# Tagged Questions

The Hamiltonian formalism is a formalism in Classical Mechanics. Besides Lagrangian Mechanics, it is an effective way of reformulating classical mechanics in a simple way. Very useful in Quantum Mechanics, specifically the Heisenberg and Schrodinger formulations. Unlike Lagrangian ...

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### How to impose canonical commutation relations when quantising a field

I believe this is a simple question, however I cannot find it explained anywhere what the term: "Impose canonical commutation relations" means. If I have a classical equation, and I wish to quantise ...
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### Volume as a choice of measure in phase space

For equilibrium systems, we expect the Liouville theorem to hold. This theorem states that the density function of the states of the system is a constant of motion, which in turn can be translated ...
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### How the Poisson bracket transform when we change coordinates?

I'm studying the book Geometric Mechanics by Darryl D. Holm and there's one exercise in the book I'm not quite getting what has to be done. The same discussion the author makes in the book is made on ...
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### When Hamiltonian and the total energy are the same

In which condition, the Hamiltonian is the same as the total energy of the system, or say $H=T+V$?
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### Lagrangian vs Hamiltonian and symmetry of a theory

It is said that since the path-integral formulation of quantum mechanics/or quantum field theory uses the Lagrangian rather than the Hamiltonian, as the fundamental quantity, it preserves all the ...
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### What's the point of Hamiltonian mechanics?

I've just finished a Classical Mechanics course, and looking back on it some things are not quite clear. In the first half we covered the Lagrangian formalism, which I thought was pretty cool. I ...
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### Dirac bracket for a constrained particle

I am trying to work through a simple example of how to use the Dirac bracket from the following paper. In particular section 4 where the authors consider a constrained particle with the following ...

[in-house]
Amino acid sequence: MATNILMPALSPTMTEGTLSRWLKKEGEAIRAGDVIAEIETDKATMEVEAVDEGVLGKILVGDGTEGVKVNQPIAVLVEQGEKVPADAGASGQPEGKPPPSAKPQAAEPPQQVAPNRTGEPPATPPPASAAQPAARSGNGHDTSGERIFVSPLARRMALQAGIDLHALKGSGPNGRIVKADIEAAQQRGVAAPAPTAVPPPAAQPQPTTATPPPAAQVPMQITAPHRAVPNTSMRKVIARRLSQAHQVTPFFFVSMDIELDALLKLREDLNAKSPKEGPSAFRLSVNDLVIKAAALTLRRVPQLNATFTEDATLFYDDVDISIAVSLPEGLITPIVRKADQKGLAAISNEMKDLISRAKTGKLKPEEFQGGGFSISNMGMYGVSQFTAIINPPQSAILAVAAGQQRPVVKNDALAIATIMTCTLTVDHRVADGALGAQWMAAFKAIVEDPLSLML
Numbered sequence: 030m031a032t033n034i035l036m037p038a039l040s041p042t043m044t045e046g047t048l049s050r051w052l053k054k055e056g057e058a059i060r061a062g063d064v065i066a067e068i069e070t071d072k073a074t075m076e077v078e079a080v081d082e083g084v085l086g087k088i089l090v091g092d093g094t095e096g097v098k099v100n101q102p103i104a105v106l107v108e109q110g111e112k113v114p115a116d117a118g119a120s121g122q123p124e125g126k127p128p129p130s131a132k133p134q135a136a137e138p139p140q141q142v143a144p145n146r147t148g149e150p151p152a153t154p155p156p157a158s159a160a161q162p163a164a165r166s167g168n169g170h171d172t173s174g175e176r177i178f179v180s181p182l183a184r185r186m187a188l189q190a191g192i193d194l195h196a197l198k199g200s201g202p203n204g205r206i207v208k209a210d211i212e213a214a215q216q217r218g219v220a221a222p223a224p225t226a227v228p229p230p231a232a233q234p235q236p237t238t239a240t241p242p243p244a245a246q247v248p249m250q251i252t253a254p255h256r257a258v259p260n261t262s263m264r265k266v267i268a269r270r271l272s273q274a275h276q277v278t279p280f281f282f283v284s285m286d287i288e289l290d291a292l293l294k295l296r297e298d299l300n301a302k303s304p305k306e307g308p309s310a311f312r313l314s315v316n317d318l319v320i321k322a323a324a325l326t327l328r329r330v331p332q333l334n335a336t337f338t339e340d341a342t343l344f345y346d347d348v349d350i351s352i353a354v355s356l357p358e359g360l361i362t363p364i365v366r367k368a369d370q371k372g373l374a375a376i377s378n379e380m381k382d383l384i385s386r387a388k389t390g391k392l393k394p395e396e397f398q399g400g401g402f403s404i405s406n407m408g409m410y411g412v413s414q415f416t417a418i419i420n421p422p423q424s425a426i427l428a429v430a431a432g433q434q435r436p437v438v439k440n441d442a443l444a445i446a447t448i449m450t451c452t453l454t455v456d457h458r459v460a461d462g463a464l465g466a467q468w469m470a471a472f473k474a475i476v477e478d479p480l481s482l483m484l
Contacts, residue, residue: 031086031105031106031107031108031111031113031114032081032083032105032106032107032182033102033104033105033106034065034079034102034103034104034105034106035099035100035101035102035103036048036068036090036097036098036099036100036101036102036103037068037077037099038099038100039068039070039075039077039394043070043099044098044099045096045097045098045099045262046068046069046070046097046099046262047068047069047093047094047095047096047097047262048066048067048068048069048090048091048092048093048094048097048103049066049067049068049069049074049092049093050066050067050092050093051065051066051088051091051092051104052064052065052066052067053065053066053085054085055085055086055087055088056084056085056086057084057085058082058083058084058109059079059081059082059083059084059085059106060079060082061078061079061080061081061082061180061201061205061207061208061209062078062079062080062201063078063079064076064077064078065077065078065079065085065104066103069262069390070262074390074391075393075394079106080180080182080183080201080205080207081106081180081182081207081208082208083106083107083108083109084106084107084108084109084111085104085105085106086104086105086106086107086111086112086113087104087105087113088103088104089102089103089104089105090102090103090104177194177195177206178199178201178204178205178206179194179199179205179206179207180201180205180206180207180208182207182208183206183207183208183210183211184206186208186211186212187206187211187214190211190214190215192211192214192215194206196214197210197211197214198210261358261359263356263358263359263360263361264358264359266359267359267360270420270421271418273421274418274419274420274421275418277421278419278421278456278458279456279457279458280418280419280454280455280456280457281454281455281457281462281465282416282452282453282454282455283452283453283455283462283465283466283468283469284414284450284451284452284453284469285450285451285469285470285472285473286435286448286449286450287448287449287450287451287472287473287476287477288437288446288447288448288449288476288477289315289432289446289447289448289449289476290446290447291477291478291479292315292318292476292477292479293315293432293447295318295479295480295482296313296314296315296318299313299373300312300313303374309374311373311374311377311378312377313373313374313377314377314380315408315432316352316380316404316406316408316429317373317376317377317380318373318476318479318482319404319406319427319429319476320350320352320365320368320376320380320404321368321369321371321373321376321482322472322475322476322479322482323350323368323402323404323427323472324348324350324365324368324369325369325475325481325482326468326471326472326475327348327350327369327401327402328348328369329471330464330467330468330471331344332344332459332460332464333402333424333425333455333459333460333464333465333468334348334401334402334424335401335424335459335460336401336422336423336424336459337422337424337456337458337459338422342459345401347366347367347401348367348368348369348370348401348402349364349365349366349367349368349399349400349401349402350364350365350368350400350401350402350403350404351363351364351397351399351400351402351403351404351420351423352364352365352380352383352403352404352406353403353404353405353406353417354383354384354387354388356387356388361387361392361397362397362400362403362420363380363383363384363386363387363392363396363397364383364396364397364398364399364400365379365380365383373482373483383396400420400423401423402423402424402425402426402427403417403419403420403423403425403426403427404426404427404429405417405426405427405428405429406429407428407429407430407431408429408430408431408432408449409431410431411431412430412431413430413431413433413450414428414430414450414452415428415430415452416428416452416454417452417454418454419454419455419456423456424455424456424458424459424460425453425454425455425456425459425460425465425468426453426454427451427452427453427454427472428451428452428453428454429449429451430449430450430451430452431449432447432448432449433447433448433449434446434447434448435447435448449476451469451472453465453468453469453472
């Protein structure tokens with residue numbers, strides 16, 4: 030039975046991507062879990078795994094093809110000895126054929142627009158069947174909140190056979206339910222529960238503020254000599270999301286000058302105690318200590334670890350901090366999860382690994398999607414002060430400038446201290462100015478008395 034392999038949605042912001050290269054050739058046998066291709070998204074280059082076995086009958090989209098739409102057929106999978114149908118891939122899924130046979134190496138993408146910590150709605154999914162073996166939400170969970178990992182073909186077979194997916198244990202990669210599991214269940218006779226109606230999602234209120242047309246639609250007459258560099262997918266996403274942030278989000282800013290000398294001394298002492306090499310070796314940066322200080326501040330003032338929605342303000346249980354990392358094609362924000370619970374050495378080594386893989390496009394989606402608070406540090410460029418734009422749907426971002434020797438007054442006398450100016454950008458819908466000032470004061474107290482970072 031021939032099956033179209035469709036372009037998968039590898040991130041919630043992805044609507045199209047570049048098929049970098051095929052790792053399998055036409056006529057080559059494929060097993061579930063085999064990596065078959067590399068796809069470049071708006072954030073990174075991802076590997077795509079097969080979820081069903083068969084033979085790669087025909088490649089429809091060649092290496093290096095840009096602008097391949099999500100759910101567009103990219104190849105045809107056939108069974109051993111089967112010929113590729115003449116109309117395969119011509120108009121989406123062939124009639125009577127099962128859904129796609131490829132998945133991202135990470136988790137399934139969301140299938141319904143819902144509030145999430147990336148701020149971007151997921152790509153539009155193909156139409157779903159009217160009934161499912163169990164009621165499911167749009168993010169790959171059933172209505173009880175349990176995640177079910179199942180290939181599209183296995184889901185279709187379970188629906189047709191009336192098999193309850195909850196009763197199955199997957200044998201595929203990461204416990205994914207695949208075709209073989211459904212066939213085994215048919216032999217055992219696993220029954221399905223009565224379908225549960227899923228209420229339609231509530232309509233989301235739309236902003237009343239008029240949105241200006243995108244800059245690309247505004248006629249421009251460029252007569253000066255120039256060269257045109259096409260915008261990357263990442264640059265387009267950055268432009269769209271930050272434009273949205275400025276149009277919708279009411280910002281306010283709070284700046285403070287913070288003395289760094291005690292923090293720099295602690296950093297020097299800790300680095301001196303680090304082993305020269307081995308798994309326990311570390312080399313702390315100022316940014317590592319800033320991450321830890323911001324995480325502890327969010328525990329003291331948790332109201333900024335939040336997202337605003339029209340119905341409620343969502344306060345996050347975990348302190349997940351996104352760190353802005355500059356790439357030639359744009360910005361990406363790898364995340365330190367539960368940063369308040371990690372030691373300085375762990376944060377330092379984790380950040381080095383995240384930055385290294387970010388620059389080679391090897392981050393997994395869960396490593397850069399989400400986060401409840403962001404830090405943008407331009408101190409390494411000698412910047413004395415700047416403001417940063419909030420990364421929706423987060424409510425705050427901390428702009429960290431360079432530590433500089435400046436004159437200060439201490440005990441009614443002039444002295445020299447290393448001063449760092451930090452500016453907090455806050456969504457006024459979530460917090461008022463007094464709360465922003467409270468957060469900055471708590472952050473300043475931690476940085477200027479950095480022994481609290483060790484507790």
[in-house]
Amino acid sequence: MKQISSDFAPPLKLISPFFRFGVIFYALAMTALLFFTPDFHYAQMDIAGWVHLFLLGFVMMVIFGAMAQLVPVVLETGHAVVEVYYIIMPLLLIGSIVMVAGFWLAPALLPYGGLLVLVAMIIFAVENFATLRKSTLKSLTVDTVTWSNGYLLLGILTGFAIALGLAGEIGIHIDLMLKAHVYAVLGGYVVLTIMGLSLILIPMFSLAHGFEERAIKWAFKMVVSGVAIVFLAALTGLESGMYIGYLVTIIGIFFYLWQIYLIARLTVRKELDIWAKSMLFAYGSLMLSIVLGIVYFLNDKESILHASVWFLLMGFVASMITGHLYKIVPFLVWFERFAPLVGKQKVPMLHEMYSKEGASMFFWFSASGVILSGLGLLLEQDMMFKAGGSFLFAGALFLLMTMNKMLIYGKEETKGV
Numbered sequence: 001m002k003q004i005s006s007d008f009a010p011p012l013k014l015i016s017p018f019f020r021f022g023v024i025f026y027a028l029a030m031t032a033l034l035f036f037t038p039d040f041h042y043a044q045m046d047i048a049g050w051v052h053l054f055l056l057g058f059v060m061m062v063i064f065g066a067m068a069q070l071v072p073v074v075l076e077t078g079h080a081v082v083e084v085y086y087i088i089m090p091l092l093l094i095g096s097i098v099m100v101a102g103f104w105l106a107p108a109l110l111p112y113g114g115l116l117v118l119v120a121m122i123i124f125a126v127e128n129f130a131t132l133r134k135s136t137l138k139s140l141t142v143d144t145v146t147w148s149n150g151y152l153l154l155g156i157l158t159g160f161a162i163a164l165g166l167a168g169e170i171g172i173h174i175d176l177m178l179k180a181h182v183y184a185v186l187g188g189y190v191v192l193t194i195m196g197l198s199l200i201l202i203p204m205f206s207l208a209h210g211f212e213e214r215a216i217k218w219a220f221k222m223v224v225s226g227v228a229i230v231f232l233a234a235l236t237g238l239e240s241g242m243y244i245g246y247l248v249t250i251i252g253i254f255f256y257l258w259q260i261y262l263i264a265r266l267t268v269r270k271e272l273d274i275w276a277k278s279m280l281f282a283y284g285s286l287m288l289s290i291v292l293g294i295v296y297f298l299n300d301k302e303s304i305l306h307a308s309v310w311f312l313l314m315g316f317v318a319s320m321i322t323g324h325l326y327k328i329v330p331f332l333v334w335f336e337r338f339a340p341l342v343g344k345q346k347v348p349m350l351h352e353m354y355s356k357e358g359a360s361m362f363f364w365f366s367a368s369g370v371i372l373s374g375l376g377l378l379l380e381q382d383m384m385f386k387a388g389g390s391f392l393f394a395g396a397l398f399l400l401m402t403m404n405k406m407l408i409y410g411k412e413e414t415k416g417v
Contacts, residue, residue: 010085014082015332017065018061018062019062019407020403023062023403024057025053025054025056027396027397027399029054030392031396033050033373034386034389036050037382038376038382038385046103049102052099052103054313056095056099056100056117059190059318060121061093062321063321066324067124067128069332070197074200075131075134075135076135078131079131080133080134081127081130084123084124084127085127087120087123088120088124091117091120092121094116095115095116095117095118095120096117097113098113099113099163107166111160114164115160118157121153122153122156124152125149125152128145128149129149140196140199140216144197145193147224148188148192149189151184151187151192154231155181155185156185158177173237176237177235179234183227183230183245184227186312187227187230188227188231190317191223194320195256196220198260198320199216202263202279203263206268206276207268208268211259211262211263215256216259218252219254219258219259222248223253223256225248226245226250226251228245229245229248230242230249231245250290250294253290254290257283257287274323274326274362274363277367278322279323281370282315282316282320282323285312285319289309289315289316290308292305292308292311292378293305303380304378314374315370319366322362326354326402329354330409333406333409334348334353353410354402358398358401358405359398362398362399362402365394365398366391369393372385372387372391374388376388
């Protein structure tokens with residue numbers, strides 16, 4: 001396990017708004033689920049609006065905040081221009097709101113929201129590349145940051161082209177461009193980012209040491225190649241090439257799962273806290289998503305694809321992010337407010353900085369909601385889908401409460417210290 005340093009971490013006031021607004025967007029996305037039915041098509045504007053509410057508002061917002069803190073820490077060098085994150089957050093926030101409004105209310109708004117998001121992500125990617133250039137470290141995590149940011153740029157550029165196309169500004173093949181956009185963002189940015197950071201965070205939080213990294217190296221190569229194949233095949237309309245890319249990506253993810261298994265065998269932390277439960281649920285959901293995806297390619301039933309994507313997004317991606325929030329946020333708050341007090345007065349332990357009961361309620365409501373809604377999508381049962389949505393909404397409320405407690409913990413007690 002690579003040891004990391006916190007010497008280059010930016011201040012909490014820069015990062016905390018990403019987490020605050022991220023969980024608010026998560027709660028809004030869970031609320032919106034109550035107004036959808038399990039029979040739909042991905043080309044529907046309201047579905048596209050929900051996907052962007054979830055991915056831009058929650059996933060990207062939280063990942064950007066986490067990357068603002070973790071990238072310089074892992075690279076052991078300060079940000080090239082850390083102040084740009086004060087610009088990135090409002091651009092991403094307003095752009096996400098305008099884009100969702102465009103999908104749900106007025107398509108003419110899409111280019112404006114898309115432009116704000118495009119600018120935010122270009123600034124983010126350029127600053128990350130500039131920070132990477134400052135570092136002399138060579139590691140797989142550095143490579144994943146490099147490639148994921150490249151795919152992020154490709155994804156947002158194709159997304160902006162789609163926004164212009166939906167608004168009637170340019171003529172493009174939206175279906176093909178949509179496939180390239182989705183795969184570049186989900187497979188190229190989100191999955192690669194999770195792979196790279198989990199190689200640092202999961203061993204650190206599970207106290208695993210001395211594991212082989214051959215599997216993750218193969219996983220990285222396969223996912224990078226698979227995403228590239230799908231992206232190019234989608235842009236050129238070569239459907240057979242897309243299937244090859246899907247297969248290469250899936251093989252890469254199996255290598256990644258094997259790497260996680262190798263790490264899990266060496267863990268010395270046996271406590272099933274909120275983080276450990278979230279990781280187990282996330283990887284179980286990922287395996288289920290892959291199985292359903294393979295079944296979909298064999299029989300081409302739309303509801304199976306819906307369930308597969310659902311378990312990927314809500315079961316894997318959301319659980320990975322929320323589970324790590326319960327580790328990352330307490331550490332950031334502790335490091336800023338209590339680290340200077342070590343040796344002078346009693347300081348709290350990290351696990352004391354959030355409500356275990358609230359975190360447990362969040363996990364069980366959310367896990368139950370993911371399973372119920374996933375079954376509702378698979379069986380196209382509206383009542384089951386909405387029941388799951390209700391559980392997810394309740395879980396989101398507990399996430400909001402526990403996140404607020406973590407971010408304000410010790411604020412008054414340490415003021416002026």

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### Diagonalizing a linearized optomechanical Hamiltonian

in the paper Nonlinear Interaction Effects in a Strongly Driven Optomechanical Cavity, the authors diagonalize the Hamiltonian (equation (2) in the paper) $$H_1=−Δd^†d+ω_Mb^†b+G(d+d^†)(b+b^†)$$ in ...
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### Nabla Terms in the Energy Density of the Lagrangian for the Massive Spin 1 Field (Schwartz QFT 1st Ed. Eqn. 8.19)

The relevant part starts with a Lagrangian guess of, $$\mathcal{L}=-\frac{1}{2}\partial_{\nu}A_{\mu}\partial_{\nu}A_{\mu}+\frac{1}{2}m^2A_{\mu}^2$$ where the EOM's are, $$(\Box+m^2)A_{\mu}=0$$ The ...
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### Finding action-angle variables

Given a 1 d.o.f Hamiltonian $H(q,p)$ what is the general procedure for finding action angle variables $(I, \theta)$? I have read the Wikipedia page on action angle variables and canonical transforms ...
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### Does Hamilton Mechanics give a general phase-space conserving flux?

Hamiltonian dynamics fulfil the Liouville's theorem, which means that one can imagine the flux of a phase space volume under a Hamiltonian theory like the flux of an ideal fluid, which doesn't change ...
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### Quantum phase space

Classical phase space is defined as a space in which all possible states are represented. Every state corresponds to a unique point in the phase space. On the other hand, in quantum mechanics every ...
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### Bopp operators and Wigner-Weyl representation

I am learning about the Wigner-Weyl transformations to move a $c$-number Lindblad operator $A(x,p)$ back into operator form. As far as I know, to move back and forth normally requires a four variable ...
During my undergrad physics classes, I've come across several seemingly related phenomena dealing with $h$ and phase space in quantum mechanics. Let $T_x$ be a translation operator by $x$ in ...